I own an apartment in a small block in Dublin city centre. One of the apartments in my building appears to be rented short-term as there are quite a lot of different people staying for a few days, arriving with suitcases and often waiting outside the front door of the building for someone to arrive to let them in.
Generally, the people staying are polite and quiet and very friendly, but on two occasions over the last few months there have been incidents to cause concern.
On one occasion there was a large amount of men staying and it appeared to be a stag weekend. The guests were quite loud for an entire weekend and it was quite intimidating arriving home from work to find 10 drunk men wandering through the building.
On the second occasion there was a large number of men visiting for a football match. I believe that the apartment they rent is a two-bedroom apartment but there has clearly been occasions where there have been possibly seven or eight guests staying.
While the noise is an inconvenience, I am more concerned over the safety aspects. Is this something that my management company can deal with?
The short-term letting of apartments through sites such as Airbnb is increasingly becoming a problem in apartment complexes in cities, particularly affecting those living in ground floor apartments or lobby areas, where common areas are becoming like hotel lobbies. Owners’ Management Companies in many complexes are reporting increased incidents of anti-social behaviour, security concerns and increased cleaning and maintenance costs associated with greater footfall and the fallout from Airbnb guests’ parties.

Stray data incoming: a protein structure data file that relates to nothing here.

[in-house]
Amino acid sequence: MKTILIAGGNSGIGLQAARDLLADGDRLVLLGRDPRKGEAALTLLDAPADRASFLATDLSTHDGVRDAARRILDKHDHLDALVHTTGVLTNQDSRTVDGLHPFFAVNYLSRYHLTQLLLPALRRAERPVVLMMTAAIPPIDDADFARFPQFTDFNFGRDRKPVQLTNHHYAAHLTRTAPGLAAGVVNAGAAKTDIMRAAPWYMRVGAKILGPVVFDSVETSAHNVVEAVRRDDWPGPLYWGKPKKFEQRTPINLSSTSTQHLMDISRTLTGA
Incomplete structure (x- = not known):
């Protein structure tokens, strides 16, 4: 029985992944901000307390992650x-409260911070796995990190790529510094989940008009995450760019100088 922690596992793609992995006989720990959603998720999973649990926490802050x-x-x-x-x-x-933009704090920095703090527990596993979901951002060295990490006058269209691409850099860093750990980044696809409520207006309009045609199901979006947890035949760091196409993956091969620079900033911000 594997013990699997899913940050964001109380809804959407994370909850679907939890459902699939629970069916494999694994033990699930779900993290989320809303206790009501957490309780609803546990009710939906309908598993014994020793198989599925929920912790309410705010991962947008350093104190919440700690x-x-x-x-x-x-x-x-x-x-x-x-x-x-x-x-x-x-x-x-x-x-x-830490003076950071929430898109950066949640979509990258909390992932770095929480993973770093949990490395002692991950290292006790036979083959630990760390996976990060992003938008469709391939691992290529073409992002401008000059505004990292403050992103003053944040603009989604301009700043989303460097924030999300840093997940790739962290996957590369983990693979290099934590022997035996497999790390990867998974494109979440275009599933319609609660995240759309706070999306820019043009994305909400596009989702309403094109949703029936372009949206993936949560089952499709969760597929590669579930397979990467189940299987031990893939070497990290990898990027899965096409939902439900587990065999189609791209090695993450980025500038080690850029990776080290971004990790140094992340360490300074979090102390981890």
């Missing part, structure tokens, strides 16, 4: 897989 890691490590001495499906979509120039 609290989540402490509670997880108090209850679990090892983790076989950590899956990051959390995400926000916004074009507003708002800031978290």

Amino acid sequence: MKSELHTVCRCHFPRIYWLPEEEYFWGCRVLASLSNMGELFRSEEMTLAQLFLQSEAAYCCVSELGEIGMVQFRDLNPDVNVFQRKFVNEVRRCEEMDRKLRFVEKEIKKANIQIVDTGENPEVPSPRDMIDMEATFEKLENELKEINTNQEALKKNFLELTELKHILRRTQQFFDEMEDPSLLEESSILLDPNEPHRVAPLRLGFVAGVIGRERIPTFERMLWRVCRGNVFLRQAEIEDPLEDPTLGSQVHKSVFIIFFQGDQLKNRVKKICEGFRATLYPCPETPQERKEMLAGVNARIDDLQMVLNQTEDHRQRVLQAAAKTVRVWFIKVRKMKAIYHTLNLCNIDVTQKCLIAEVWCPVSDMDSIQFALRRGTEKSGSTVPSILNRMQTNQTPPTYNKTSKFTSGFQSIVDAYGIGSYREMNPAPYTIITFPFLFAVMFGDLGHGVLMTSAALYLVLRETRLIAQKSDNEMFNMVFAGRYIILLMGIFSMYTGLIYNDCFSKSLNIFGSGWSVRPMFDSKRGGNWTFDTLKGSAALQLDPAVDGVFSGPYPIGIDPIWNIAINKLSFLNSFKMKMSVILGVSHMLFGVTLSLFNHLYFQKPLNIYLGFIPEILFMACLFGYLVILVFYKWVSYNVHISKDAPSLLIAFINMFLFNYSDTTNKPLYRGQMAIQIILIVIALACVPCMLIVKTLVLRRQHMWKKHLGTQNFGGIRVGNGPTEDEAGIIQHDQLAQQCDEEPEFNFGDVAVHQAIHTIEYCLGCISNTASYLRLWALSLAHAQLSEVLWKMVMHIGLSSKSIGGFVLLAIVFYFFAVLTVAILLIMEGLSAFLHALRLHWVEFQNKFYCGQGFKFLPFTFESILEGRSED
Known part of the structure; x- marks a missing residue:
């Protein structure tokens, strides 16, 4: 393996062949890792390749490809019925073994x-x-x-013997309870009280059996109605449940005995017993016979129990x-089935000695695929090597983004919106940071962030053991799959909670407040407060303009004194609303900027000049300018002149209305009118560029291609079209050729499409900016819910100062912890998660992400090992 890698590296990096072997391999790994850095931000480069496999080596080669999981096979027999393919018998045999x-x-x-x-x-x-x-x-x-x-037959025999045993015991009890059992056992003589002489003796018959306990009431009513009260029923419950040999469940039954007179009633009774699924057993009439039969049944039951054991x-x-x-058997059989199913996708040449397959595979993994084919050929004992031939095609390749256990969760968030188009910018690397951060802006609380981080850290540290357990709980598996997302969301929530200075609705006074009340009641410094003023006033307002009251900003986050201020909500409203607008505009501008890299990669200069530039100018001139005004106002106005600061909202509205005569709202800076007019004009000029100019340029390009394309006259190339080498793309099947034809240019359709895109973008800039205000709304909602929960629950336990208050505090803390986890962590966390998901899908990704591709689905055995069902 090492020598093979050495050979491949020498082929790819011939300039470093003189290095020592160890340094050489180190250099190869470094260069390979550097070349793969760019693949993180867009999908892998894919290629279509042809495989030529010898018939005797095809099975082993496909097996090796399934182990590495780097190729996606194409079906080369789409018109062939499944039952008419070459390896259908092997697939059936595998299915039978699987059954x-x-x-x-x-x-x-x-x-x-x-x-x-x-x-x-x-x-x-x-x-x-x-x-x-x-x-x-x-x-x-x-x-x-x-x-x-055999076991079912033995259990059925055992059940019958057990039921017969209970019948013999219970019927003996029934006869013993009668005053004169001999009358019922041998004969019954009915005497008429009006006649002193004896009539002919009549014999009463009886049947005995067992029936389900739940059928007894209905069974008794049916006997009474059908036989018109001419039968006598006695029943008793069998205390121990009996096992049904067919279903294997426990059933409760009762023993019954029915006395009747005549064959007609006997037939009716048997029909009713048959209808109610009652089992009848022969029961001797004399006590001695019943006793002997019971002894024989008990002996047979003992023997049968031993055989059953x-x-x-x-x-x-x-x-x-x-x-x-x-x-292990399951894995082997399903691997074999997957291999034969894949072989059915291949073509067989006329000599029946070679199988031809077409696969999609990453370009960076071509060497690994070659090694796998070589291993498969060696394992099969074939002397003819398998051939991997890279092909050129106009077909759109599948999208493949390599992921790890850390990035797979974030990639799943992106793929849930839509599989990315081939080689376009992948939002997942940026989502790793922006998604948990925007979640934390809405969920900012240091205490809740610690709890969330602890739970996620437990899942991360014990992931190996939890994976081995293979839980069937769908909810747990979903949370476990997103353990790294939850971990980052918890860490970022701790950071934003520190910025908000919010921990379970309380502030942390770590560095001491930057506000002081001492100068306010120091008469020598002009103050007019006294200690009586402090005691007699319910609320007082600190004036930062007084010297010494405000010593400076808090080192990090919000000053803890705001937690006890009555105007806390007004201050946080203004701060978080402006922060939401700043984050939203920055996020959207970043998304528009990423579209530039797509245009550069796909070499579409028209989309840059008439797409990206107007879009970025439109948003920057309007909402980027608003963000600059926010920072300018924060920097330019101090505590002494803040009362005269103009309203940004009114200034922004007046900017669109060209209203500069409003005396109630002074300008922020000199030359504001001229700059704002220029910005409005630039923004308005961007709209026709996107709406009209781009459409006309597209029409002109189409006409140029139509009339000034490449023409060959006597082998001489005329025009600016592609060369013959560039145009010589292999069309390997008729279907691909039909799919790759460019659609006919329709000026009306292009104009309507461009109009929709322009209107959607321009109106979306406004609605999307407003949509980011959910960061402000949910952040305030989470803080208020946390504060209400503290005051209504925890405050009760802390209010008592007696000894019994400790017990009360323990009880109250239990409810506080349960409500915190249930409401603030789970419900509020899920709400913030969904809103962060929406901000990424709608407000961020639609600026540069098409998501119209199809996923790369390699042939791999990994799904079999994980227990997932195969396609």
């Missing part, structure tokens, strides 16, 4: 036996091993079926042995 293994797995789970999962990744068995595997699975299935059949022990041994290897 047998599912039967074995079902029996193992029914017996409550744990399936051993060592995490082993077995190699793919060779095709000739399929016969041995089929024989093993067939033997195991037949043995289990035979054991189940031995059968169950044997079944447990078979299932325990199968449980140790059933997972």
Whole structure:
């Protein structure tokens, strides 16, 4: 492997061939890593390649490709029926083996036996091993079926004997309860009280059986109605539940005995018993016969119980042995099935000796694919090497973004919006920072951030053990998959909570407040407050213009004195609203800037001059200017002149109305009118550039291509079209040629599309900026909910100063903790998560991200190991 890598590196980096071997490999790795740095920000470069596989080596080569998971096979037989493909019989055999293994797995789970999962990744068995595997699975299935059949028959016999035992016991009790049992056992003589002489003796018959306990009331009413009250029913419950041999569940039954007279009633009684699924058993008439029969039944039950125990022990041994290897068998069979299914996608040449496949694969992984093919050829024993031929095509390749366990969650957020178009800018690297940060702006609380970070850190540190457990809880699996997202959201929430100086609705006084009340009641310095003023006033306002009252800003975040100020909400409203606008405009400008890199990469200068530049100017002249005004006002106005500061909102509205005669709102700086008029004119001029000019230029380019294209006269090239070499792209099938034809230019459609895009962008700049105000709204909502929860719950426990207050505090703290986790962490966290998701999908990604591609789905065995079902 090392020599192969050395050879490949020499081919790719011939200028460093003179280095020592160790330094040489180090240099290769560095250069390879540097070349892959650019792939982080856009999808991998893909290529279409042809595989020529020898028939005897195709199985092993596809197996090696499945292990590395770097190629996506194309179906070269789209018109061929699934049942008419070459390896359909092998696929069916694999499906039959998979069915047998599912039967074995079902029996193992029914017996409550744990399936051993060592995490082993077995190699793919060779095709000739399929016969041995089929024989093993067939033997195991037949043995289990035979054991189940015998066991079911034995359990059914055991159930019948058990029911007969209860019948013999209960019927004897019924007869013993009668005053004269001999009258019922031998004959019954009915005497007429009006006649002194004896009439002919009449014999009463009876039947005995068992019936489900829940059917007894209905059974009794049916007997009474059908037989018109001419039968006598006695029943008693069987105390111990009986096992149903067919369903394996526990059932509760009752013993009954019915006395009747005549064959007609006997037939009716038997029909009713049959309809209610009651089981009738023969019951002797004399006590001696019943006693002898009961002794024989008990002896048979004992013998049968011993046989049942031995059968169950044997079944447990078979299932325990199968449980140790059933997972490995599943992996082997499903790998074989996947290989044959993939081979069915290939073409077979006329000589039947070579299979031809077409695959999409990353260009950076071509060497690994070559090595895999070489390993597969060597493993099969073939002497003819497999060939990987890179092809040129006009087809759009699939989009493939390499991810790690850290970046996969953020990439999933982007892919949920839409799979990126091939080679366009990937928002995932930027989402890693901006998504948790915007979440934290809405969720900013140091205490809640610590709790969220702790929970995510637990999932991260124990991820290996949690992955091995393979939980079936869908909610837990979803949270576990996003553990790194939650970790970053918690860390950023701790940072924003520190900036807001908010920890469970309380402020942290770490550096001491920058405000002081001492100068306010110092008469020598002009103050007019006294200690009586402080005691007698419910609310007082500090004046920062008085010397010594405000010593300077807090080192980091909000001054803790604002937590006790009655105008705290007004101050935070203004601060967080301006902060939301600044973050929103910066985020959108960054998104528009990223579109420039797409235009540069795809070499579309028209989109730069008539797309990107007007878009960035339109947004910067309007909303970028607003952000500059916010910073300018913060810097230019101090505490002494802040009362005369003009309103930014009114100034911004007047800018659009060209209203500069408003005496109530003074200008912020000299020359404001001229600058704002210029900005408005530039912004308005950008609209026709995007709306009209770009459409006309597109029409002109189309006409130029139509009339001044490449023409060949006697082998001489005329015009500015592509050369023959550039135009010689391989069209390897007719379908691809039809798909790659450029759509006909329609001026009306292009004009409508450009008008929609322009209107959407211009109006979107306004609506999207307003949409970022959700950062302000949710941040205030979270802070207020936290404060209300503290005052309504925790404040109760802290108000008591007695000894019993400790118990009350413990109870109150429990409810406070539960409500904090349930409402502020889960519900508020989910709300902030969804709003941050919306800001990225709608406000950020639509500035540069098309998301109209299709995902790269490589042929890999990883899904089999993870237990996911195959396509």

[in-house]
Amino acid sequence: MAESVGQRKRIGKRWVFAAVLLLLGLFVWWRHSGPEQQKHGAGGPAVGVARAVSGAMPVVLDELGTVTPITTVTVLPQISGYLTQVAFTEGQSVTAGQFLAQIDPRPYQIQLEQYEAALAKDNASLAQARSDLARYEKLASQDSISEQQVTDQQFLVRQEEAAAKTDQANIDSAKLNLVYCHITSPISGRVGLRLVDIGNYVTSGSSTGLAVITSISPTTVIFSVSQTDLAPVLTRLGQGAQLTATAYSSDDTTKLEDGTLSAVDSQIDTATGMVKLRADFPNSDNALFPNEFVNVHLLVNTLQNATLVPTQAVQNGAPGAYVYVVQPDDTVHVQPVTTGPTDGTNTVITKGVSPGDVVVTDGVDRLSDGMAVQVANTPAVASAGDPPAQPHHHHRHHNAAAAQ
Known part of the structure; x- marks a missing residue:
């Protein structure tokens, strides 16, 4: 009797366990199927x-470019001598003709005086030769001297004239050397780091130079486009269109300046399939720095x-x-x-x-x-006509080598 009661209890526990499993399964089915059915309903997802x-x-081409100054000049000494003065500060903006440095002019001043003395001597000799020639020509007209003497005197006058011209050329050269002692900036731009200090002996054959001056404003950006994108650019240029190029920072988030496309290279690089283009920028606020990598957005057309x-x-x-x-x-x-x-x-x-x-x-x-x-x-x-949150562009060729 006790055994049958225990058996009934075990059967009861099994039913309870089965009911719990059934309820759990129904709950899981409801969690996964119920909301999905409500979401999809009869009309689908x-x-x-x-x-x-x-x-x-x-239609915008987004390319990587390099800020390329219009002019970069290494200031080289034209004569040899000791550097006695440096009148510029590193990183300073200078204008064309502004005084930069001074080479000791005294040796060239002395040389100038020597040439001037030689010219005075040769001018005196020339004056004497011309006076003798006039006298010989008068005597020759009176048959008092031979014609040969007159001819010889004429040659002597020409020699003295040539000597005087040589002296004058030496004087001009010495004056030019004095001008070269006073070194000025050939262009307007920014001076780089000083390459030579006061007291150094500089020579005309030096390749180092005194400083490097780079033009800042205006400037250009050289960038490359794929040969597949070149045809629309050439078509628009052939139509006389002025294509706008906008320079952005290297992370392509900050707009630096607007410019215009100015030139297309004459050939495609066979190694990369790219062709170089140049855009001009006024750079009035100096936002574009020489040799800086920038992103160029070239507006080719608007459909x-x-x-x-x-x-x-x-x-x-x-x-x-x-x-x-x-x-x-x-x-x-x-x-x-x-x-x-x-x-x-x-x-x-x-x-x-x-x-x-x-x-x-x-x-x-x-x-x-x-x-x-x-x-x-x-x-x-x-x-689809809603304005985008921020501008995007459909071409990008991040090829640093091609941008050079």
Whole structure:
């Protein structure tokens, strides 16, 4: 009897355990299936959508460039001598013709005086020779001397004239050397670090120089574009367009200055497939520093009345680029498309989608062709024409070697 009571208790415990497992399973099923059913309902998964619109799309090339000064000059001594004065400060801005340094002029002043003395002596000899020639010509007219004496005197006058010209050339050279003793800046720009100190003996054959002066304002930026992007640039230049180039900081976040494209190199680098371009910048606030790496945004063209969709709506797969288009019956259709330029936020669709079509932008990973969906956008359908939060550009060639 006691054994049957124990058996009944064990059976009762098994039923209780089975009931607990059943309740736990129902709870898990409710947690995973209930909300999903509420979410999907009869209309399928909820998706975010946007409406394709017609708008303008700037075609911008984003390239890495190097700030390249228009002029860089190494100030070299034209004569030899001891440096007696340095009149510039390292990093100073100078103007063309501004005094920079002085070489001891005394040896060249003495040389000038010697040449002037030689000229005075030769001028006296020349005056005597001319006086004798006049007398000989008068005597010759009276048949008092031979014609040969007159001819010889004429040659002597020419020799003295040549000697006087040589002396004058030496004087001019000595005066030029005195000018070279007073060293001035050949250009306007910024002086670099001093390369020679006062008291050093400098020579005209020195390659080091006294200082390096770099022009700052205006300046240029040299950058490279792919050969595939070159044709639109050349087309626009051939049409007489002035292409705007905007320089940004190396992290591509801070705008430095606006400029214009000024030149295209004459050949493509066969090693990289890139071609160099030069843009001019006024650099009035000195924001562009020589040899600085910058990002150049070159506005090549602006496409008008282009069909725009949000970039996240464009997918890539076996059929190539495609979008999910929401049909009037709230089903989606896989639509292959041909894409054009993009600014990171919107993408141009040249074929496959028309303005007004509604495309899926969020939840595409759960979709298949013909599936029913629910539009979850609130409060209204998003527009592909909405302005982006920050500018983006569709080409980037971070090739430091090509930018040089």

The good news is that your OMC should be in a position to help. Owners within an apartment complex are bound by the covenants and conditions contained within their Indenture Lease, which forms part of a property’s title and is signed by owners when purchasing. First and foremost, a typical lease will contain a ‘User’ clause usually specifying that an apartment may only be used as a single private residence.
In addition to the use of the apartment, the lease will also contain clauses outlining the rules and regulations for owners and residents within the complex. Again, these will typically cover noise, nuisance, parties, and so on, and importantly enshrine the right of each owner to the quiet enjoyment of their property. All owners are contractually bound to comply with any rules and regulations for the complex.
House rules are also provided for under Section 23 of the Multi-Unit Development Act which makes the rules binding on all owners. Your first step should be to raise your concerns with your OMC or its agent. The OMC can then consider if there have been any breaches of the covenants or house rules and request that the owner refrains from any further activity that puts them in breach of these.
If that fails, the OMC can take further legal steps to force the owner to comply with the lease covenants. The MUD Act makes specific provisions for addressing disputes within OMCs and Sections 24 and 25 deal with who can take a case under the legislation and for what. The Circuit Court will hear any cases taken under the Act, but there is the option for mediation as an alternative to taking legal action.
It is worth noting An Bord Pleanala’s recent decision in respect of an apartment in Temple Bar where it was deemed that there had been a change of use from residential to short term letting and therefore subject to planning permission. While the ruling is very much site specific and does not stop others from renting rooms and apartments through Airbnb, it does pave the way for others to take similar cases.
Aoife O’Sullivan, Chartered Property Manager and member of the Society of Chartered Surveyors Ireland, scsi.ie